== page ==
European Spectrum Report Addresses 400 MHz PMR Use
Monday, August 05, 2019 | Comments
A report from the Electronic Communications Committee (ECC) of the European Conference of Postal and Telecommunications Administrations (CEPT) offers updates on current and future use for the 400 MHz professional mobile radio (PMR)/public access mobile radio (PAMR) frequencies.

The PMR/PAMR sector is highly competitive with more than 20 vendors and primarily provides standardized technology to vertical markets. Business and mission-critical machine-to-machine (M2M) communications needs are increasing. In light of new technical and commercial requirements, deployments of new mobile networks enable robust connectivity to a high number of M2M/internet of things (IoT) devices.

While 450 – 470 MHz is a common band for PMR/PAMR, certain countries have licensed up to 2-by-5 megahertz of spectrum at 450 – 470 MHz and deployed commercial CDMA networks. The Netherlands, Austria, Germany, Latvia, Russia, Sweden, Norway, Denmark, Finland, Hungary and the Czech Republic already have networks providing connectivity for millions of devices using CDMA450 or LTE450 technology. These networks have been assigned nationwide licenses, and existing CDMA networks are likely to migrate toward Long Term Evolution (LTE) technology.

Future LTE networks in the 400 MHz band may operate on a national, regional or local basis. Spectrum used for narrowband PMR/PAMR is assigned based on nationwide, regional or local use. Whereas the spectrum assigned to be used for cellular technologies will typically be assigned as nationwide only, it can’t be used for PMR networks anymore. Such discrimination between 12.5 kilohertz-based PMR and Mobile/Fixed Communications Networks (MFCN) will be significant if more cellular technologies are introduced for the current users of PMR/PAMR.

The evolution of technologies to support more data, varying frequency bandwidths, and business and mission-critical M2M communications is important for users across industries. Users should be allowed to continue to use their current PMR licenses based on the current regulatory framework and evolve without being disrupted by a frequency management policy that favors a single player’s access to broader spectrum on nationwide basis.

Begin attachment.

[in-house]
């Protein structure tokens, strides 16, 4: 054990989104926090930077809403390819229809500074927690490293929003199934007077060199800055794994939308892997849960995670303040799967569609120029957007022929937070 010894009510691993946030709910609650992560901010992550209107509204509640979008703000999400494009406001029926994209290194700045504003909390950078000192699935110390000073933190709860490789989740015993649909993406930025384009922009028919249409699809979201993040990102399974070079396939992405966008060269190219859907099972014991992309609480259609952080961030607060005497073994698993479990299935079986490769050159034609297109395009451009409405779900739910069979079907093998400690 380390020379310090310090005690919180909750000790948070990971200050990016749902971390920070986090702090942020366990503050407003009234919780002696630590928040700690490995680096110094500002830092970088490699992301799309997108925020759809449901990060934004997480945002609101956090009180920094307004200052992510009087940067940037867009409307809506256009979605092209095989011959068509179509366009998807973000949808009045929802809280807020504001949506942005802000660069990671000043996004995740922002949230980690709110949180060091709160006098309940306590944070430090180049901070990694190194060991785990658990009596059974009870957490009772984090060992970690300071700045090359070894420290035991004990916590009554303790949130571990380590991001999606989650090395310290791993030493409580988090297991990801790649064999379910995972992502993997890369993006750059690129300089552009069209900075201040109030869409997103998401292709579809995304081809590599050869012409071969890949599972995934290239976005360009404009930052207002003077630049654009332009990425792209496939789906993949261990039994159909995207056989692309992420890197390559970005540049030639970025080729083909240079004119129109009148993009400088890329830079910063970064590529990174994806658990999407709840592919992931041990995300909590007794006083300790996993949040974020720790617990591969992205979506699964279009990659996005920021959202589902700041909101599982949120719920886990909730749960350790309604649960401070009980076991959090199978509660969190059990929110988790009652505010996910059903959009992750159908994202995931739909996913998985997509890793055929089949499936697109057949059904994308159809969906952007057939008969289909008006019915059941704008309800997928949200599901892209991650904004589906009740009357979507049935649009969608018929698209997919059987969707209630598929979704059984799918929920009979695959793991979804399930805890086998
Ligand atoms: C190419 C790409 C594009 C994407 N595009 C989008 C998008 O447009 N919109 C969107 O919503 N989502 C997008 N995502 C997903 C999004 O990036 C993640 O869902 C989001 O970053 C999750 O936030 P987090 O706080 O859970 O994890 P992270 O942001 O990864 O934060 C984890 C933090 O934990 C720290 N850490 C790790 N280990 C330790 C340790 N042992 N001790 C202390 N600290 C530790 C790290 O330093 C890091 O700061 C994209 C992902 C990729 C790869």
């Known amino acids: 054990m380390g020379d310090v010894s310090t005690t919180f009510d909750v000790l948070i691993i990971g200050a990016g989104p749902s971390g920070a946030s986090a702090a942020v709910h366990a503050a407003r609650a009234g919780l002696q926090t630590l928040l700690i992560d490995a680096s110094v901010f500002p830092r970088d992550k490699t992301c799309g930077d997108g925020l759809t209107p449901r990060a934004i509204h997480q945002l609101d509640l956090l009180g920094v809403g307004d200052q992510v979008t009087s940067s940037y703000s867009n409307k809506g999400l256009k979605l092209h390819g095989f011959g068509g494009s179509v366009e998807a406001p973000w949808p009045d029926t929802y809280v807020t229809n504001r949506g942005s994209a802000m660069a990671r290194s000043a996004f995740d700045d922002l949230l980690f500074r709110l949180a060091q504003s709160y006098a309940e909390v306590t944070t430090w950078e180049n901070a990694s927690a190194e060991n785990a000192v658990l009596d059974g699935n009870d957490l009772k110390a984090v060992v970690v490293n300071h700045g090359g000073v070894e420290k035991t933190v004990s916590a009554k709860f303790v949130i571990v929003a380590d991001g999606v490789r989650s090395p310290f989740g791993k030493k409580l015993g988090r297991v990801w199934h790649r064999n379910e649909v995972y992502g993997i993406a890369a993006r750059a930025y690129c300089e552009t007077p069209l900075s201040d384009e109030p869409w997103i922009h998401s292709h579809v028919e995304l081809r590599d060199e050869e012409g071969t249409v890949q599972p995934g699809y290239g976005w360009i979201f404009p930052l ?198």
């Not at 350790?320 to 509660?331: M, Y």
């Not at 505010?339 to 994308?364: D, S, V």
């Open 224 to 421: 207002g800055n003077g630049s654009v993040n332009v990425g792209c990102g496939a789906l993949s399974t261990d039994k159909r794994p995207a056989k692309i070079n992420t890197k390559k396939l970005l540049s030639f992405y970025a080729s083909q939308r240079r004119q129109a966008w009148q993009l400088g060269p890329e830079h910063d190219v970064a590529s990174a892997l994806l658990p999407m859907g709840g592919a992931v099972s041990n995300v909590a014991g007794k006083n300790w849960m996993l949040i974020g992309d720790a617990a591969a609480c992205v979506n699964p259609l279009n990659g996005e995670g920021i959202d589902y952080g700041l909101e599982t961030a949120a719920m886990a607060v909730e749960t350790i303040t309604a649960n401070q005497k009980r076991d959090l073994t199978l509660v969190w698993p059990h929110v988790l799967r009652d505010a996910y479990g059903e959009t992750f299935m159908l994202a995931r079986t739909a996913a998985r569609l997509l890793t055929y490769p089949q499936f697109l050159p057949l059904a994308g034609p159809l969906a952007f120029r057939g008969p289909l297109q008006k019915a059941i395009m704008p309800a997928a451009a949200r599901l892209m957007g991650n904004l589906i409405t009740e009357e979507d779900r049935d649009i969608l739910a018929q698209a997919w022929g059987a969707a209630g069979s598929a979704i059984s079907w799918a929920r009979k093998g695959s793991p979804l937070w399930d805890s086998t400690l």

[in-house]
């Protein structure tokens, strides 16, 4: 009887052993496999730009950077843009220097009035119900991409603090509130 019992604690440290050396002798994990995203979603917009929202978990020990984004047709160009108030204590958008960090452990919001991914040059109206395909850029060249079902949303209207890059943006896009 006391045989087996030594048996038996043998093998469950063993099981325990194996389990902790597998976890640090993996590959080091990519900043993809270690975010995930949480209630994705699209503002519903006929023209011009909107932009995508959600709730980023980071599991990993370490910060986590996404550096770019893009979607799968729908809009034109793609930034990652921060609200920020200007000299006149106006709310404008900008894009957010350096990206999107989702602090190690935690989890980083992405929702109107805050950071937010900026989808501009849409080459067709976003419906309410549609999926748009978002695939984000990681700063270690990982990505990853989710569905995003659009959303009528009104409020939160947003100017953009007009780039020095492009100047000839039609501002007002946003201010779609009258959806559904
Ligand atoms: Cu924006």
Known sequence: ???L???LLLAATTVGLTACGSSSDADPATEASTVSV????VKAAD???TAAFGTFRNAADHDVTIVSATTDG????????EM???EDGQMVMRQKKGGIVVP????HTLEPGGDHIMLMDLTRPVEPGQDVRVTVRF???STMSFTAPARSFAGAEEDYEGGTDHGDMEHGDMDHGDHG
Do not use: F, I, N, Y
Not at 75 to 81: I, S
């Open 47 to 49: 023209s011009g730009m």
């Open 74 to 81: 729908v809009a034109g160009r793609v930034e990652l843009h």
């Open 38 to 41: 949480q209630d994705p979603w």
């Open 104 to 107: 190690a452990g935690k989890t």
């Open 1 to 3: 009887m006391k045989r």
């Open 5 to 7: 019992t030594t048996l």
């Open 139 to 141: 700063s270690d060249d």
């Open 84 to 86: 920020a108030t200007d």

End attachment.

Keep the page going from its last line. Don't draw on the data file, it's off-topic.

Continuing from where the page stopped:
“The evolution of market demands, the availability of cellular mobile technologies in 400 MHz bands, as well as evolving requirements for mission-critical M2M applications should be carefully reflected in spectrum management activities and in national frequency policies,” the ECC Report 292 said.

Depending on PMR/PAMR use in the country, CEPT administrations may decide which parts of the available spectrum for PMR systems is made or kept available for networks based on specific narrowband, wideband or broadband technologies. It is often difficult to identify continuous spectrum to reach LTE channel sizes of 1.4, 3 or 5 megahertz. National regulatory strategies are required for migration of narrowband usage to a certain frequency bands to achieve a contiguous range of spectrum for assignments of spectrum for land mobile systems based on LTE technology. The report describes options that administrations can employ.

The report also identifies future standardization activities. The committee proposed that the Third Generation Partnership Project (3GPP) should consider standardization activities for 410 – 430 MHz to coordinate LTE and radar systems. The report also recommends a work item for European Telecommunications Standards Institute (ETSI) standards for a means to facilitate PMR spectrum sharing. In addition, improved receiver specifications may be helpful for more effective spectrum use such as by avoiding guard bands between different land mobile systems operating in adjacent 400 MHz frequency ranges.

The report also said the potential impact of intermodulation distortion in PMR receivers caused by neighboring broadband signals should be taken into account. This is dependent on frequency offset of the LTE carrier from the victim PMR receiver, the received power and the intermodulation performance of the victim PMR receiver at that frequency offset. No conclusion on the intermodulation effect from broadband interferers into narrowband victims could be reached in ECC Report 283 [43], and additional investigations will be conducted within ECC.

ECC reports are available here. The draft report was released last year for public consultation.

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